note** - Satan must know he can't destroy God but still he does seek to thwart him. Satan hates the human race.  Why?  Is it because he knows that we will one day rule over him and all angels? ... Was this the realization that turned Lucifer against God?

Saturday, March 24, 2012

A Highlight and Note

Silence is the only language spacious enough to include everything and to keep us from slipping back into dualistic judgments and divisive words.

Falling Upward: A Spirituality for the Two Halves of Life
by Richard Rohr

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From: Falling Upward: A Spirituality for the Two Halves of Life

"In the second half of life, people have less power to infatuate you, but they also have much less power to control you or hurt you. It is the freedom of the second half not to need. Both the ecstatic mirroring of my youth and the mature and honest mirroring of my adulthood have held up what I needed to see and could see at the time; they have prepared me for the fully compassionate and Divine Mirror, who has always shown me to myself in times and ways that I could handle and enjoy.

I fell many times relationally, professionally, emotionally, and physically in my life, but there was always a trampoline..."

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Sunday, January 22, 2012

When blogs over lap...

(Sometimes my faith-related blog can't help but intertwine with my aviation-related one. Today's such a day ...)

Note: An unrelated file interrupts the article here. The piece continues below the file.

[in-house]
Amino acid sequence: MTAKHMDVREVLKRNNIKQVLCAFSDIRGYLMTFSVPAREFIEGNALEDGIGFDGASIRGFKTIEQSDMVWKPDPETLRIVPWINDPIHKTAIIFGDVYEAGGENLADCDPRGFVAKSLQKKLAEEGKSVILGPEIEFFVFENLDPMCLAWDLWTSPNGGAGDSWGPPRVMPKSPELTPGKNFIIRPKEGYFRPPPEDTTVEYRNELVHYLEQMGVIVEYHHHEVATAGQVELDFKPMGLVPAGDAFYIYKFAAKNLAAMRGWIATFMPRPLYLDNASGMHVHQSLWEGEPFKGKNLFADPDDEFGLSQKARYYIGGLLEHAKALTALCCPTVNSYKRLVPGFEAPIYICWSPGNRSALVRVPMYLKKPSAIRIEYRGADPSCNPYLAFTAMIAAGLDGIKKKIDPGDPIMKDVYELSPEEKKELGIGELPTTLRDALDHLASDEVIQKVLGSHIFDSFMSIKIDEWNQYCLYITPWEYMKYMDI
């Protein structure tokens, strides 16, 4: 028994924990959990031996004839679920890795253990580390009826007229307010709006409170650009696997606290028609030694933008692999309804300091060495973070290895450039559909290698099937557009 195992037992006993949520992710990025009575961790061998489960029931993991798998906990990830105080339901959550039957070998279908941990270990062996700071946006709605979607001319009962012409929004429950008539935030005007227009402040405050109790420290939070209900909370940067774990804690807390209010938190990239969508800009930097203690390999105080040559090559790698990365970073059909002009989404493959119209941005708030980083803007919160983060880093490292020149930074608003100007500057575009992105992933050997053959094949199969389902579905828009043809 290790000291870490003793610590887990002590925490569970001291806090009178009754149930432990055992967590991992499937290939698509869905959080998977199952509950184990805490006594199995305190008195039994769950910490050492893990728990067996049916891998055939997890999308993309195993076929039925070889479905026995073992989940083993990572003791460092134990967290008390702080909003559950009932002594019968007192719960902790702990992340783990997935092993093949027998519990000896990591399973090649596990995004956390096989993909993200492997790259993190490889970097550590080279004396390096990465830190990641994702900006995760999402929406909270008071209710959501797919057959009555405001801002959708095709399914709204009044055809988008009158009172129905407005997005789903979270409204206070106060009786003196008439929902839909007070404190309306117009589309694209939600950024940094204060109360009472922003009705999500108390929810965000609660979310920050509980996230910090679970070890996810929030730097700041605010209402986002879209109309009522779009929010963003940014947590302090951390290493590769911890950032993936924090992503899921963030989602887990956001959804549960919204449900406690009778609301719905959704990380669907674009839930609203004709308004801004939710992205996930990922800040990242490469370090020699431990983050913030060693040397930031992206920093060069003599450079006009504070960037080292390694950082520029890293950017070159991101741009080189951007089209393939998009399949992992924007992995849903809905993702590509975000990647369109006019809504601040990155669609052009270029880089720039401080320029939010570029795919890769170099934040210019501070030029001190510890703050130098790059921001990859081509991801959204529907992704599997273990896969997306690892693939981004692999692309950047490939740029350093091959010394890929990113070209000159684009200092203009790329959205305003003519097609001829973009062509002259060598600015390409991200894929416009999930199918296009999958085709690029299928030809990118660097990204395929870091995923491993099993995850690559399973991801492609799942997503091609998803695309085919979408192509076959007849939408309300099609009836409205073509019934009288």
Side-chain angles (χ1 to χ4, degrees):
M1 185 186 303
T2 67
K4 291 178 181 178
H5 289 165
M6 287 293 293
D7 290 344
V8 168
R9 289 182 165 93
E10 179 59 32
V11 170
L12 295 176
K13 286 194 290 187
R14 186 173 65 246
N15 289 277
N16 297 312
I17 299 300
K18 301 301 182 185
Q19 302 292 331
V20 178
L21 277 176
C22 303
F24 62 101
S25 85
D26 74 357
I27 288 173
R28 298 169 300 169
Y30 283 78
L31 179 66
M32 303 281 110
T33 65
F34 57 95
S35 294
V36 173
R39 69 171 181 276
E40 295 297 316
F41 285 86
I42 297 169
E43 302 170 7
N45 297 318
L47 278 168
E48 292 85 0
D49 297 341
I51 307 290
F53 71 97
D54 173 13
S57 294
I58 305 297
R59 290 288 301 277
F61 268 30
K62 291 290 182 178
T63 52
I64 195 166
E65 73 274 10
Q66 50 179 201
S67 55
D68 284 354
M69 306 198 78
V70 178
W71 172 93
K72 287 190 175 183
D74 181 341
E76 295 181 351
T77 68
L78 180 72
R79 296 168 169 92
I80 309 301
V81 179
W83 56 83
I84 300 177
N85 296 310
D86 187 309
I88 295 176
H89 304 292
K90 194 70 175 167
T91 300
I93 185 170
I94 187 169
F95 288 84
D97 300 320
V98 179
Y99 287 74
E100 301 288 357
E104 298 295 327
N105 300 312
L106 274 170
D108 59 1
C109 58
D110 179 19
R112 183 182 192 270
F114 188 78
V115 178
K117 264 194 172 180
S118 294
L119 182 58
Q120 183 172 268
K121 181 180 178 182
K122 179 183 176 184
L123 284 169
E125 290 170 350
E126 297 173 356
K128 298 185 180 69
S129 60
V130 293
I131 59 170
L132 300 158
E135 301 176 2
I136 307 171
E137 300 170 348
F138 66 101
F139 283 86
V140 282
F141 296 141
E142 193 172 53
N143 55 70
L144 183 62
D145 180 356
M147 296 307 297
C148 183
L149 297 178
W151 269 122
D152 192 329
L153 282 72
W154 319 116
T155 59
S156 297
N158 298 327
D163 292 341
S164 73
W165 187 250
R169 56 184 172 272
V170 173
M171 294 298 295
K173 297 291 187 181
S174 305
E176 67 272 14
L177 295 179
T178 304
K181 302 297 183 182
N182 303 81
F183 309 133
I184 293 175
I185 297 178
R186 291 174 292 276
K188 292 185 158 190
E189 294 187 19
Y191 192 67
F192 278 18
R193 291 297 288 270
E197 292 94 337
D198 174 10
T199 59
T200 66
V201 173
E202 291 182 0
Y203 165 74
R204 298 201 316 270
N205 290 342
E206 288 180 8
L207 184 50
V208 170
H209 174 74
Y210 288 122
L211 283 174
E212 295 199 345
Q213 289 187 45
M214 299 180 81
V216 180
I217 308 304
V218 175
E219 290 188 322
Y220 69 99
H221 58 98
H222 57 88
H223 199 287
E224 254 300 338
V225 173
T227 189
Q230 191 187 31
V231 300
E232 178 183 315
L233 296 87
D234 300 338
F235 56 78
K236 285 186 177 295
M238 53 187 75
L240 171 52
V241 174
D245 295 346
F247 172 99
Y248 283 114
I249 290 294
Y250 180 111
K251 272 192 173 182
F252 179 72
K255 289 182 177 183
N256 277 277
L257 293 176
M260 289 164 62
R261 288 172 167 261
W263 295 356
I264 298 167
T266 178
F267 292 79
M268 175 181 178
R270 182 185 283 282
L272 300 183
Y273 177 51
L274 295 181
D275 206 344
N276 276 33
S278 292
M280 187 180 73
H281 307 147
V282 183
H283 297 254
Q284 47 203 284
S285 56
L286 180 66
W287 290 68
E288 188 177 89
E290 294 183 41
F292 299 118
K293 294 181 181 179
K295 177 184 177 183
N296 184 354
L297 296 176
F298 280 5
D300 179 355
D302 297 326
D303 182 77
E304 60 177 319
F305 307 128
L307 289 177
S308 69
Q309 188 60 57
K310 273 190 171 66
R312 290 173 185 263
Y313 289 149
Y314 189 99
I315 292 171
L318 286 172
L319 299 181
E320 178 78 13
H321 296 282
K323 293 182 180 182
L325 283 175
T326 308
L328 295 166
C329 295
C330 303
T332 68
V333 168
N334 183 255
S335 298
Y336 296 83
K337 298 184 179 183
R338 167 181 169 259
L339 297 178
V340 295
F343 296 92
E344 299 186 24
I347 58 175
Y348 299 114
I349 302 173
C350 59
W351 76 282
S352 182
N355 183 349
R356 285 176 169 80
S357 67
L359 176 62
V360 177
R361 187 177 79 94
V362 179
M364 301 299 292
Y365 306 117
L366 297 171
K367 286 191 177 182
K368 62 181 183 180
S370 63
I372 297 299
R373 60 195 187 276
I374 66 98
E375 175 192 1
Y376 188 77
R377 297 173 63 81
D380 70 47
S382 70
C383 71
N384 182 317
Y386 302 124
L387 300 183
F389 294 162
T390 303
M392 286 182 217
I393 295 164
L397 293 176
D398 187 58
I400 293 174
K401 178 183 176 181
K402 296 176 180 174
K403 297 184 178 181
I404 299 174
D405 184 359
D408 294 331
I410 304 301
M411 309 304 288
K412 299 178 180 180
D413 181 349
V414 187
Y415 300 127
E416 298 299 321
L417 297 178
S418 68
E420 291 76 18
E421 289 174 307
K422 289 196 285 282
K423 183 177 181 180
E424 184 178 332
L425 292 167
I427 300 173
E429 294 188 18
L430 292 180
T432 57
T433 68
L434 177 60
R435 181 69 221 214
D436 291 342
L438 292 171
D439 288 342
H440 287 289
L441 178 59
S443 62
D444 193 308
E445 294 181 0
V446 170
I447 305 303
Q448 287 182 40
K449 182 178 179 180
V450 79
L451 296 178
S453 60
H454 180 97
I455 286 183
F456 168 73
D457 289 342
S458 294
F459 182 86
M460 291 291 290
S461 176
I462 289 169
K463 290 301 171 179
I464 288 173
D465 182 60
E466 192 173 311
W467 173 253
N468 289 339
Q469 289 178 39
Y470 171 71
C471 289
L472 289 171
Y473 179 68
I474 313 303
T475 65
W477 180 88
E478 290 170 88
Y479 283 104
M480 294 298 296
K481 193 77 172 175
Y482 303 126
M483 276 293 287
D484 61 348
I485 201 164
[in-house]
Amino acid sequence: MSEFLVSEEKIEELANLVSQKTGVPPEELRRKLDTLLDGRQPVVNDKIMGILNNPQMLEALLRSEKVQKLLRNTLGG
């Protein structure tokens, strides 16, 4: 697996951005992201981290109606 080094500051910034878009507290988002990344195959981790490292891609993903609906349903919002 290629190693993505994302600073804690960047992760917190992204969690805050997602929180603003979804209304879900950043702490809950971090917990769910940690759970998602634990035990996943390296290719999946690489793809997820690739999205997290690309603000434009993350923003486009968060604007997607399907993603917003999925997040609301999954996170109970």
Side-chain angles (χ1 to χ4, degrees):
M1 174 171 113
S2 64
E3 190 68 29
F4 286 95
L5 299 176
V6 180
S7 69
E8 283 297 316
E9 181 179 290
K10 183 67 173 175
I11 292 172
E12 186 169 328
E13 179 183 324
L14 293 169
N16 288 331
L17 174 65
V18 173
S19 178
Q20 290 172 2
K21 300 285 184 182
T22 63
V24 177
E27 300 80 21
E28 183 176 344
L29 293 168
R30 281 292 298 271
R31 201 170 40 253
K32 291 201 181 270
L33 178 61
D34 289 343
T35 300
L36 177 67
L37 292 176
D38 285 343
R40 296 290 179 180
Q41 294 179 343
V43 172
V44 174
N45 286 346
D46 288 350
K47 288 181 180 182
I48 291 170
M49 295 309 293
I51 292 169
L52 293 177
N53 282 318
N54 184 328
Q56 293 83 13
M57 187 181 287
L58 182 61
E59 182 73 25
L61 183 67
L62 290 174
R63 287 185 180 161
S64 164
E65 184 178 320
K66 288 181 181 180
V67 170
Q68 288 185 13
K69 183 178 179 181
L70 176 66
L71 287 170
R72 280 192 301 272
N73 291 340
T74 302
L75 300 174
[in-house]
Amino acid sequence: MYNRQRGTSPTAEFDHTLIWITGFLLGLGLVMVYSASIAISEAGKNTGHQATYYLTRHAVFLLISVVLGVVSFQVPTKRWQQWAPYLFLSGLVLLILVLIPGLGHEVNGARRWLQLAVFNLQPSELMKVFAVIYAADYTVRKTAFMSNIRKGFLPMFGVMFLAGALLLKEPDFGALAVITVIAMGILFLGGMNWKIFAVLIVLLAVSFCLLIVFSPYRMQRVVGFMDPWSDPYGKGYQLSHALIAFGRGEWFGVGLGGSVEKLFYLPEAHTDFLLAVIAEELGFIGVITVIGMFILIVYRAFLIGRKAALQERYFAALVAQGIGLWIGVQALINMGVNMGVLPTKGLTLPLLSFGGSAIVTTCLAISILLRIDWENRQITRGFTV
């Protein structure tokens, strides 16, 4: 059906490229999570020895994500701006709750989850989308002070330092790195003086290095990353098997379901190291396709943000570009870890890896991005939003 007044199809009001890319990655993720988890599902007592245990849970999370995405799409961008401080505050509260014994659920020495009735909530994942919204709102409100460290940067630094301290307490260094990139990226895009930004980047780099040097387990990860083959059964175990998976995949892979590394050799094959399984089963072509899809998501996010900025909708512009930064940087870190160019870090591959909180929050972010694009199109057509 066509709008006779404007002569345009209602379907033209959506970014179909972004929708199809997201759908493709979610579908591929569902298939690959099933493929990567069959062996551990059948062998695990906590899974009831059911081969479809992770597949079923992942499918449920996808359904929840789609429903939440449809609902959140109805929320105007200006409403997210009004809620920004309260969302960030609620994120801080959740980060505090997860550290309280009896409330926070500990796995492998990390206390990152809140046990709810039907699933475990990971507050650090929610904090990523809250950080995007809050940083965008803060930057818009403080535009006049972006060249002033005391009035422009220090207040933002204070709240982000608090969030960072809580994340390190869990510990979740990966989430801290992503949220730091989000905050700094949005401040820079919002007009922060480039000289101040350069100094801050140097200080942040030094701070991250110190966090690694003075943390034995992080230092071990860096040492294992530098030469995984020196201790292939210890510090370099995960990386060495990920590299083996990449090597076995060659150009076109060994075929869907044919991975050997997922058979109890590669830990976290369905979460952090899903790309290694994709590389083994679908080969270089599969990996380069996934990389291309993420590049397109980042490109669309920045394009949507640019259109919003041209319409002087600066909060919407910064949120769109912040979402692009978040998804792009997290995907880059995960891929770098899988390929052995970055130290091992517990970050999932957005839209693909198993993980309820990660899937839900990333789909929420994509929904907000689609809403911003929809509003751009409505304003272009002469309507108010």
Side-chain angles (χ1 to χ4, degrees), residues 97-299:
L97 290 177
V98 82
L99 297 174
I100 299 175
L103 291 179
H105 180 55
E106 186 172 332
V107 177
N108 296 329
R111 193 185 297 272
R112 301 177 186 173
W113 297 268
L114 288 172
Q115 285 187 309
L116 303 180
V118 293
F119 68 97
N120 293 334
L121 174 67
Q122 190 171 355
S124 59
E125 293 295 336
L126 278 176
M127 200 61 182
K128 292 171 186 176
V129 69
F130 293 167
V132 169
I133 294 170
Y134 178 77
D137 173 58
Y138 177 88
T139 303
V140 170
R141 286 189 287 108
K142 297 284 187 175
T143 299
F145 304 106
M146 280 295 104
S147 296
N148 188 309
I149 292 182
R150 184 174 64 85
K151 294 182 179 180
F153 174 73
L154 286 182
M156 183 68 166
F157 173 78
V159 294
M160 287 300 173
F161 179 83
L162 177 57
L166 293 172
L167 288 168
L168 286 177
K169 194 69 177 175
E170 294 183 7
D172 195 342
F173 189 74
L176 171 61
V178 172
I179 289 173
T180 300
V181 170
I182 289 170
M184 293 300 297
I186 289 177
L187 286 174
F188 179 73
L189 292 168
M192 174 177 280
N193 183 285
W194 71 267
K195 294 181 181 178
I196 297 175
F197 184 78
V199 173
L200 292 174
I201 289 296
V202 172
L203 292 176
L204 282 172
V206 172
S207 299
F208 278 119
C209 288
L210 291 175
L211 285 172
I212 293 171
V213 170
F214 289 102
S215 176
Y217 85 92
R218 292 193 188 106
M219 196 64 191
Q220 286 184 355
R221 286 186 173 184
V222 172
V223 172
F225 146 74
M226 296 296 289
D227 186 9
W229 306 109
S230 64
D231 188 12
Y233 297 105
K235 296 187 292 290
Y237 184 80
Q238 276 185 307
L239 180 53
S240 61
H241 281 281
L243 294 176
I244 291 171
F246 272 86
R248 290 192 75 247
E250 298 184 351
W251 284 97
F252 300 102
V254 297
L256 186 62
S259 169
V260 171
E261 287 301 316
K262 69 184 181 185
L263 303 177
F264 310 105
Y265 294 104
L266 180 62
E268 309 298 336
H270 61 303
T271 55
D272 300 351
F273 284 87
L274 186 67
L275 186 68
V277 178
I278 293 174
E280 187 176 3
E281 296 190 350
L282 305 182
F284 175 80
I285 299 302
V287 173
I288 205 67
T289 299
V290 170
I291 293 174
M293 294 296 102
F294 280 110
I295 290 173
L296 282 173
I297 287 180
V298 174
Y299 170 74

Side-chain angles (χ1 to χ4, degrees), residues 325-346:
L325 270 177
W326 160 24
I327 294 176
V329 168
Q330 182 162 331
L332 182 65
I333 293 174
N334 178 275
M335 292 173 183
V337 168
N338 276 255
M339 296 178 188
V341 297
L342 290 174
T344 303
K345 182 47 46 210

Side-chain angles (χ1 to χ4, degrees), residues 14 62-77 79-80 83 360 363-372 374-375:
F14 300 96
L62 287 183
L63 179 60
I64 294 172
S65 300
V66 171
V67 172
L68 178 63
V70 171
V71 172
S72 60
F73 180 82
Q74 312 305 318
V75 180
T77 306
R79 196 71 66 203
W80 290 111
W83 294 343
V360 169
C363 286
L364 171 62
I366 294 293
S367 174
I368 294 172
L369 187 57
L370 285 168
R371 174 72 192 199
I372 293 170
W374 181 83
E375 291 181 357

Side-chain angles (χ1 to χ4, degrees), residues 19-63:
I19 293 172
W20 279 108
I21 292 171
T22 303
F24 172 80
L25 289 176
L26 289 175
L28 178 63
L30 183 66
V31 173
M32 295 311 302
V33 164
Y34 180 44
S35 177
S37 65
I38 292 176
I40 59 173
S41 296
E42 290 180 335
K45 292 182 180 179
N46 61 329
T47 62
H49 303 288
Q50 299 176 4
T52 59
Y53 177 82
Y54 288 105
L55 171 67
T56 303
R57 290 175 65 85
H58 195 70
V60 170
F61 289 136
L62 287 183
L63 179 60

This video is an especially good reminder that computers do not fly aircraft. Computers can of course, be used to guide an aircraft along a pre-programmed pathway that was selected and authorized by a human being, provided the computer's progress is continually monitored and corrected by a human being. But computers do not fly.

No computer built today can instantly reassess it's three dimensional situation and quickly make the appropriate corrections to a flight path and adjust to the demands of changing conditions, just by "looking out the window."

Computers are unable to continually assess the thousands of different questions that a pilot works through routinely on every flight, such as: "How much turbulence will there be? How much ice will there be in those clouds? What is that snow squall doing as it sweeps across the runway? Just how bad will the traction be during the landing and taxi into the terminal?" - to mention only a very few.

No computer can rapidly absorb thousands of bits of information from myriad sources and then assess the situational changes occurring each moment, adding in the lessons gleaned from previous experience and training which was oft-times adapted from unrelated events, then take the appropriate action.

As wonderful as they are, no silicone-based computer can match the abilities of a well-trained, well-motivated "carbon-based-unit" called a pilot. Most importantly of all, only human-pilots actually care whether they live or die!

I pass this video along as a reminder of just how awesome human beings are to have invented such great tools as Airbuses and computers, and to use them so creatively...

And maybe, just maybe, as we wonder at the amazing things humans are able to create, we'll pause to wonder - who created us?

Psalm 139:14

I praise you because I am fearfully and wonderfully made;